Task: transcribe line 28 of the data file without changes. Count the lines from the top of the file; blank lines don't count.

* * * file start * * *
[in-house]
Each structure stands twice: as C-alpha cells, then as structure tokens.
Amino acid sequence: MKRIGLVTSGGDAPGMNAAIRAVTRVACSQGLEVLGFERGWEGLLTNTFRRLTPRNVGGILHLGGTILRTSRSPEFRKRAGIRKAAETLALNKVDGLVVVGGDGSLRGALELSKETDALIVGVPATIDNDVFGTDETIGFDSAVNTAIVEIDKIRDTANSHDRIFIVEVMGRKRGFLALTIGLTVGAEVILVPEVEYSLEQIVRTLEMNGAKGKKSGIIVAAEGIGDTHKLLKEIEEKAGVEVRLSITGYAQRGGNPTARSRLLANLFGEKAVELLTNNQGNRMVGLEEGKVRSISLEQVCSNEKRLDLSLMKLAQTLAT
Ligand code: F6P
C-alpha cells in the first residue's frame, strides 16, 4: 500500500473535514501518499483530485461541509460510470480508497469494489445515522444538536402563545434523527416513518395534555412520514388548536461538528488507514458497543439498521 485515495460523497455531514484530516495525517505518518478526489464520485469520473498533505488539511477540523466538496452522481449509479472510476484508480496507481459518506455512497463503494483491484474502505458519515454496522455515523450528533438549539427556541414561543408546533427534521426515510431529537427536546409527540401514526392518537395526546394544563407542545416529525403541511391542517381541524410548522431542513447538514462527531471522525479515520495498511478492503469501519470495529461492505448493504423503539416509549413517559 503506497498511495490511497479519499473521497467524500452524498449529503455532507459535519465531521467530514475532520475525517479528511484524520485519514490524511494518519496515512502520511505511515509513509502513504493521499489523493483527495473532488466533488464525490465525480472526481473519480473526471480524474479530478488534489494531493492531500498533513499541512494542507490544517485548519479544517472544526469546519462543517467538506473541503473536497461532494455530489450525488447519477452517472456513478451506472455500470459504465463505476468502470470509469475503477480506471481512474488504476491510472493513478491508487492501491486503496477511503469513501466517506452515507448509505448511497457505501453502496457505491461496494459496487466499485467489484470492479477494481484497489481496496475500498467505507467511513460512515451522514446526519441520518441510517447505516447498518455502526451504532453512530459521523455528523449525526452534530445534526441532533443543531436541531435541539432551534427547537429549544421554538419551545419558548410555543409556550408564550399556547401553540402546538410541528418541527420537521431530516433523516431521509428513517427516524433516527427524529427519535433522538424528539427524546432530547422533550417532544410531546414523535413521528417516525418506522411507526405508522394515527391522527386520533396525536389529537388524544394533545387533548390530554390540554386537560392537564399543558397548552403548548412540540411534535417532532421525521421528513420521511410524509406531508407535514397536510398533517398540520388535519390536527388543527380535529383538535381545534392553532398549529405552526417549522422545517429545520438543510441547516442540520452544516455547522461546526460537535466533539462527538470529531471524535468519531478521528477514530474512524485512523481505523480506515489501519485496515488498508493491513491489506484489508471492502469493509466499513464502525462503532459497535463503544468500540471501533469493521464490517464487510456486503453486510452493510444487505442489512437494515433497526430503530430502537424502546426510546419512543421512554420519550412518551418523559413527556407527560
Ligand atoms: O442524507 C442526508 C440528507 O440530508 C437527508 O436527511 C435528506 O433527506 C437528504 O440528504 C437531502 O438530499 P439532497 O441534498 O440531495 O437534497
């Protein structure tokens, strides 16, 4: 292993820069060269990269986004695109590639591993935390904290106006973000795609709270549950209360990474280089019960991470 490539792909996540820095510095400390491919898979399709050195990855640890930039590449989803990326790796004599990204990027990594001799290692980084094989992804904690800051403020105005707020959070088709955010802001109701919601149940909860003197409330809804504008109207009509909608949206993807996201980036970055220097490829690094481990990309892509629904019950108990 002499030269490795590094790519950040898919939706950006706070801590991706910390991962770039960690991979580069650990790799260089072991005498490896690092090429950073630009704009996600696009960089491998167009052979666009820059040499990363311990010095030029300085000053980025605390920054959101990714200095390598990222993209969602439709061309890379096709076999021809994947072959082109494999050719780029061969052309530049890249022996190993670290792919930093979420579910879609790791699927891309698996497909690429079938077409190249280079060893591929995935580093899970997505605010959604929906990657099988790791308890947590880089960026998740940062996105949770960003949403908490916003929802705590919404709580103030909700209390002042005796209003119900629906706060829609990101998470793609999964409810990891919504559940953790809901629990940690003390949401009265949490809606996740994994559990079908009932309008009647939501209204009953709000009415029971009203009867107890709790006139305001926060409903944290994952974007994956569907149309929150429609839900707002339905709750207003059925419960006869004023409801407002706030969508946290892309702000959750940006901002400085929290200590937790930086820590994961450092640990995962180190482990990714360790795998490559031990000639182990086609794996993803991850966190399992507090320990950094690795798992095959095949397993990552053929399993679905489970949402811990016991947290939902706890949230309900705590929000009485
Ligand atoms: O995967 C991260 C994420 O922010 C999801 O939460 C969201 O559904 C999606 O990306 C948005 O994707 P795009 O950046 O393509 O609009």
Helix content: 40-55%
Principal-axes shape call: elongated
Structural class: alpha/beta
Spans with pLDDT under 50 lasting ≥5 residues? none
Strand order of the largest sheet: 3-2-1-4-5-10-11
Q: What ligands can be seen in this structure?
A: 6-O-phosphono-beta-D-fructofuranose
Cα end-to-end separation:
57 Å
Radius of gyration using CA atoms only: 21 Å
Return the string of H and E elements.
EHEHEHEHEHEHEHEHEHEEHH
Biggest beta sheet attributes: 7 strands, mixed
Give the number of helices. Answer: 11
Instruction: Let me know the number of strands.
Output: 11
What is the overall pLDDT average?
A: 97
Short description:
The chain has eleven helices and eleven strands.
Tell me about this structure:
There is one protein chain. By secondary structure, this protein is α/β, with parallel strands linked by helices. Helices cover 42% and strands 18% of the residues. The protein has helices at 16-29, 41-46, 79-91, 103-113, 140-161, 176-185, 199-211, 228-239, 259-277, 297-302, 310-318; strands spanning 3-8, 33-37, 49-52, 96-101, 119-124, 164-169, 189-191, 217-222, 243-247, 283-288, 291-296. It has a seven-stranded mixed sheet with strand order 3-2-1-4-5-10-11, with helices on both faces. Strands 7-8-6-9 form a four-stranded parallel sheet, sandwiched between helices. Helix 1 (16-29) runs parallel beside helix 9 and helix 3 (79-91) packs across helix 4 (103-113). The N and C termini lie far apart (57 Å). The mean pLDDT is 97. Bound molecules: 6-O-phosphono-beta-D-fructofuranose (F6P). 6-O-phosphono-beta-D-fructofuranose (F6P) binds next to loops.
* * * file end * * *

The chain has eleven helices and eleven strands.